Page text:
Hi, my name is Rebecca and I am in marketing.
Now it’s your turn to say, “Hi Rebecca.”
I am a marketer. And while you may associate my role with trade shows and parties – of Mad Men like meetings consisting of artwork, taglines and of course scotch (on the rocks – not tape), you’d understand only a fraction of what I have become responsible for.
I am a marketer. I am responsible for top line growth, for acquisition and retention strategies. I am responsible for product rollouts and sales enablement. I am responsible for customer relationships and brand management. Oh, and occasionally I get to host a party and drink scotch (but alas not in the office, feet on the coffee table, reclining on my office couch with my shoes off – total bummer by the way).
I am a marketer. My role is strategic. I am under pressure to deliver bottom line results. I look for growth, I plan for growth, I execute on growth plans, and I own the constituent experience.
And lately, my purchasing power has been growing faster than the purchase power of IT, two times faster. While IT struggles to do more with less while maintaining legacy systems, I have been making a case for bigger investments in technology to support the speed of business required to acquire and retain customers.
At first I tried to work with IT. But they were slammed with other important projects like maintaining and integrating legacy systems.
So rather than waiting for IT, I went around them. From servers to programming, web and video hosting, from marketing automation, sales enablement and CRMs, web and video conferencing to mobile applications and learning management systems, I selected vendors, signed agreements, implemented and rolled out hundreds of thousands of dollars of cloud services.
Now, I’ll admit, for all the self-service power I had gained, as marketers we struggle with reverse-engineering integration and supporting virtual servers. We don’t really understand the risk associated with infrastructure and how to maintain and secure our assets properly. And IT suffers because of our inadequacies.
My story is not different from most. Gartner has predicted that CMOs will spend more on IT than CIOs by 2017, and I believe it. The good news for IT is that as the organization transitions to the IT-as-a-Service model, it puts the burden (and risk) of vendor selection on lines of business while as VMware so eloquently states “…allowing IT to contribute to the overall strategy of the business…. to apply greater resources to initiatives that grow the business rather than simply maintain current operations.”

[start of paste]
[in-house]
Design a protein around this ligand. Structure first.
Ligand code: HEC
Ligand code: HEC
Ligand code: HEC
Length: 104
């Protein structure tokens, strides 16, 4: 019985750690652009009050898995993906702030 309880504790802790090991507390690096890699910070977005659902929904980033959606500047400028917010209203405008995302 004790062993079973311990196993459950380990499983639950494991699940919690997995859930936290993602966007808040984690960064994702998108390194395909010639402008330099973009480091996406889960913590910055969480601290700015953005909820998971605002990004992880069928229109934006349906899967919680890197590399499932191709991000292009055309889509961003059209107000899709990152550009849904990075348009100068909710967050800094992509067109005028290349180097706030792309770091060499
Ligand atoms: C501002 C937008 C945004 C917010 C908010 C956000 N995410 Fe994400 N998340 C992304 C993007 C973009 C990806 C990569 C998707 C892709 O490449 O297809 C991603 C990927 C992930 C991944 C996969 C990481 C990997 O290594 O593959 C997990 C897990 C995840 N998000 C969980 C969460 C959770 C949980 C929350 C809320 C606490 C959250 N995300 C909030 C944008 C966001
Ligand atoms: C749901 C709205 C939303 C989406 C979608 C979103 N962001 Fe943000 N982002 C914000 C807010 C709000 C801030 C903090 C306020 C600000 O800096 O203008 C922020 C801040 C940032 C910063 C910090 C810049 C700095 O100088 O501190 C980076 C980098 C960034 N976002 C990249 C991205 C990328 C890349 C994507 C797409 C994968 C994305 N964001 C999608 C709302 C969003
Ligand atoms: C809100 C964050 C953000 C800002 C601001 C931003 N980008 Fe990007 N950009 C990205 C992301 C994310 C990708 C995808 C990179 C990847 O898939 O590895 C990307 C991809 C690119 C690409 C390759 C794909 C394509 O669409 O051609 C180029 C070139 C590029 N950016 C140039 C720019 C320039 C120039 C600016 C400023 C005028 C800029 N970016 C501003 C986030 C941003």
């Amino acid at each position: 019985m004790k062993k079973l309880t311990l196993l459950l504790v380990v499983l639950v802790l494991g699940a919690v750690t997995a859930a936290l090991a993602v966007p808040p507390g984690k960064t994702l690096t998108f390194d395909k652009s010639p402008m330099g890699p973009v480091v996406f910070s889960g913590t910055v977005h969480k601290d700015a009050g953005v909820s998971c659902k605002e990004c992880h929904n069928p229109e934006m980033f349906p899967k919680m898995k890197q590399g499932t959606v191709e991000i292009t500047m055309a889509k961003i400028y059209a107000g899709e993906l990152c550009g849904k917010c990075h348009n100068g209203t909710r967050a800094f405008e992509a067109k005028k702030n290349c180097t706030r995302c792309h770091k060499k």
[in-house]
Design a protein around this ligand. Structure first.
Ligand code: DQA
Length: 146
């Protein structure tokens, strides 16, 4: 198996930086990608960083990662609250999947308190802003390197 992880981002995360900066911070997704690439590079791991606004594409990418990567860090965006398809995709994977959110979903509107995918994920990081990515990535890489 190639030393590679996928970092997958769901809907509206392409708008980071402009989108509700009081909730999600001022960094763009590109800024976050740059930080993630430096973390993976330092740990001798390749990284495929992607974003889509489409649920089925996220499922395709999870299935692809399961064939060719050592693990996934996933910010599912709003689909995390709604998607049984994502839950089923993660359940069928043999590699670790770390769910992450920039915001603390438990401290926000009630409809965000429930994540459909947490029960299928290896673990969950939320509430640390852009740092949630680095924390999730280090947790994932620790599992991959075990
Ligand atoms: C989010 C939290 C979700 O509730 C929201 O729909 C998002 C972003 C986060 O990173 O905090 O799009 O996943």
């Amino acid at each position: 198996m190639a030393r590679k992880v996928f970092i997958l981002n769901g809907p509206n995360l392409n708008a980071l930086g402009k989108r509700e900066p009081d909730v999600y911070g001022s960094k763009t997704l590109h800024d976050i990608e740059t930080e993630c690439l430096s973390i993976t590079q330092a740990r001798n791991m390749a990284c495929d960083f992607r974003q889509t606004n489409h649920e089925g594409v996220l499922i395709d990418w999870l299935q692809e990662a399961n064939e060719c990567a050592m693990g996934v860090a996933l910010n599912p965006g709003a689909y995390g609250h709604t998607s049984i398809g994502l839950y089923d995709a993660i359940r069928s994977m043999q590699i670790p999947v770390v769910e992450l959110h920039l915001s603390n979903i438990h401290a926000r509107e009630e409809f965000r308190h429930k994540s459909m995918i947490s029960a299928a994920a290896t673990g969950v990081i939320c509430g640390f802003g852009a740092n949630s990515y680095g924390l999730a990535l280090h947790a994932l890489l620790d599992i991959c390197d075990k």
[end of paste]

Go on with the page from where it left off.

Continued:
But to do that requires that IT and marketing work together; that the CMO and the CIO collaborate to harness the power of integrated solutions. And that is where you come in. As a seller, you need to consider the risks versus rewards of staying with business as usual, bypassing internal IT (or marketing) to get to the business buyer, or acting as a bridge between the CMO and CIO.
IT is now critical to marketing’s success and IT fears marketing’s misunderstanding of the need for a long-term vision. By potentially selecting solutions that may not be easily integrated into the back office, marketing’s ability to deliver the types of cross-channel programming that customers’ demand may be greatly inhibited.
It’s my position that the best sellers posses a facility to bridge the Marketing and IT gap. It is the CMO’s mission to help the CIO transition to the IT-as-a-Service model while concurrently driving the business units to meet its growth objectives. All in all that just means more money in your pocket. And just like those Mad Men of old, I would much rather have the budget to wear Tiffanys’ Blue than Target Red!